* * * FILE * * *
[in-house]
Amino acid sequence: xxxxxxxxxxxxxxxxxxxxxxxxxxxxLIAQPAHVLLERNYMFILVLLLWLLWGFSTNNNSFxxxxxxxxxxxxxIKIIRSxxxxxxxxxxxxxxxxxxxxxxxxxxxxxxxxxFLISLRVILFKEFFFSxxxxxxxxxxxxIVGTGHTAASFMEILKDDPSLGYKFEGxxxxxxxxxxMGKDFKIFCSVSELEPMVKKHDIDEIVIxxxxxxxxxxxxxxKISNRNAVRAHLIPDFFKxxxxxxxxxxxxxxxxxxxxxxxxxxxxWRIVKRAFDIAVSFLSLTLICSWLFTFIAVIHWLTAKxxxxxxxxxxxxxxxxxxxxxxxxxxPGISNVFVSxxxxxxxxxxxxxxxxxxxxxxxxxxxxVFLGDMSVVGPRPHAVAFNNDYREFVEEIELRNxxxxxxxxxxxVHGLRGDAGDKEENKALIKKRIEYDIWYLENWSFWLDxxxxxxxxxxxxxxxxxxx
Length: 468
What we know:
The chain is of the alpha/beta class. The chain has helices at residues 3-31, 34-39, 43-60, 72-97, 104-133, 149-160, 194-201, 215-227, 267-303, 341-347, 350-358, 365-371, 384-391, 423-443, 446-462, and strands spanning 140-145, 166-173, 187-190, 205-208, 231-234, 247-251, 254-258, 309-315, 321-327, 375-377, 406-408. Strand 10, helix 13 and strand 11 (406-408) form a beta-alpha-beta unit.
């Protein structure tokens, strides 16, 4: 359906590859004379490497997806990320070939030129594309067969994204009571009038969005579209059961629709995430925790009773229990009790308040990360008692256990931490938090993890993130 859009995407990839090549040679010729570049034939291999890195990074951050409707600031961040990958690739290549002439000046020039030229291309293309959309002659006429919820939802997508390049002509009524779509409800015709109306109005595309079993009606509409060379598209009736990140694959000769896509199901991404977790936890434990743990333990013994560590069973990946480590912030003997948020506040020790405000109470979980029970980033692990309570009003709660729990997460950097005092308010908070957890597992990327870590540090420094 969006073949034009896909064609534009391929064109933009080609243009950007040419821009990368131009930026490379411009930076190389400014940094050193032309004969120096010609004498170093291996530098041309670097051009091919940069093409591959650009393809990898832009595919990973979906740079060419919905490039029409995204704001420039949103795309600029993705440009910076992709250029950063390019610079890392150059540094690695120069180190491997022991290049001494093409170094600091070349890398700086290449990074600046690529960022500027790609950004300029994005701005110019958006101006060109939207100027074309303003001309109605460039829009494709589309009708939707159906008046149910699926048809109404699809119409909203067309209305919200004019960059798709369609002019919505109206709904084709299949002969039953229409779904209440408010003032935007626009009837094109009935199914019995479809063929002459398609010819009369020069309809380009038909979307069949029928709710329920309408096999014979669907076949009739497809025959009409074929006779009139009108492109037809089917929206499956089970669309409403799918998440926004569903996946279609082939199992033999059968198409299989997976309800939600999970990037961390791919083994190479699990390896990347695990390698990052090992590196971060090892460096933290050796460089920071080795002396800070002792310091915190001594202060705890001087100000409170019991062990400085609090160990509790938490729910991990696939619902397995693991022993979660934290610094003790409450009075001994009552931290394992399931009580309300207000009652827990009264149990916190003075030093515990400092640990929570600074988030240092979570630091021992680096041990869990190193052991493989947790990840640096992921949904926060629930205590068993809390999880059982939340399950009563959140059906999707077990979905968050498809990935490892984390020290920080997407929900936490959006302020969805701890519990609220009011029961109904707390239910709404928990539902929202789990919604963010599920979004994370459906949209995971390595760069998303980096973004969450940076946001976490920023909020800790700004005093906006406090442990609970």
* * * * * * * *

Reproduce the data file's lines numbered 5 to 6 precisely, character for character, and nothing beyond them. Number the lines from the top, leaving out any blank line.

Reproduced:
The chain is of the alpha/beta class. The chain has helices at residues 3-31, 34-39, 43-60, 72-97, 104-133, 149-160, 194-201, 215-227, 267-303, 341-347, 350-358, 365-371, 384-391, 423-443, 446-462, and strands spanning 140-145, 166-173, 187-190, 205-208, 231-234, 247-251, 254-258, 309-315, 321-327, 375-377, 406-408. Strand 10, helix 13 and strand 11 (406-408) form a beta-alpha-beta unit.
């Protein structure tokens, strides 16, 4: 359906590859004379490497997806990320070939030129594309067969994204009571009038969005579209059961629709995430925790009773229990009790308040990360008692256990931490938090993890993130 859009995407990839090549040679010729570049034939291999890195990074951050409707600031961040990958690739290549002439000046020039030229291309293309959309002659006429919820939802997508390049002509009524779509409800015709109306109005595309079993009606509409060379598209009736990140694959000769896509199901991404977790936890434990743990333990013994560590069973990946480590912030003997948020506040020790405000109470979980029970980033692990309570009003709660729990997460950097005092308010908070957890597992990327870590540090420094 969006073949034009896909064609534009391929064109933009080609243009950007040419821009990368131009930026490379411009930076190389400014940094050193032309004969120096010609004498170093291996530098041309670097051009091919940069093409591959650009393809990898832009595919990973979906740079060419919905490039029409995204704001420039949103795309600029993705440009910076992709250029950063390019610079890392150059540094690695120069180190491997022991290049001494093409170094600091070349890398700086290449990074600046690529960022500027790609950004300029994005701005110019958006101006060109939207100027074309303003001309109605460039829009494709589309009708939707159906008046149910699926048809109404699809119409909203067309209305919200004019960059798709369609002019919505109206709904084709299949002969039953229409779904209440408010003032935007626009009837094109009935199914019995479809063929002459398609010819009369020069309809380009038909979307069949029928709710329920309408096999014979669907076949009739497809025959009409074929006779009139009108492109037809089917929206499956089970669309409403799918998440926004569903996946279609082939199992033999059968198409299989997976309800939600999970990037961390791919083994190479699990390896990347695990390698990052090992590196971060090892460096933290050796460089920071080795002396800070002792310091915190001594202060705890001087100000409170019991062990400085609090160990509790938490729910991990696939619902397995693991022993979660934290610094003790409450009075001994009552931290394992399931009580309300207000009652827990009264149990916190003075030093515990400092640990929570600074988030240092979570630091021992680096041990869990190193052991493989947790990840640096992921949904926060629930205590068993809390999880059982939340399950009563959140059906999707077990979905968050498809990935490892984390020290920080997407929900936490959006302020969805701890519990609220009011029961109904707390239910709404928990539902929202789990919604963010599920979004994370459906949209995971390595760069998303980096973004969450940076946001976490920023909020800790700004005093906006406090442990609970």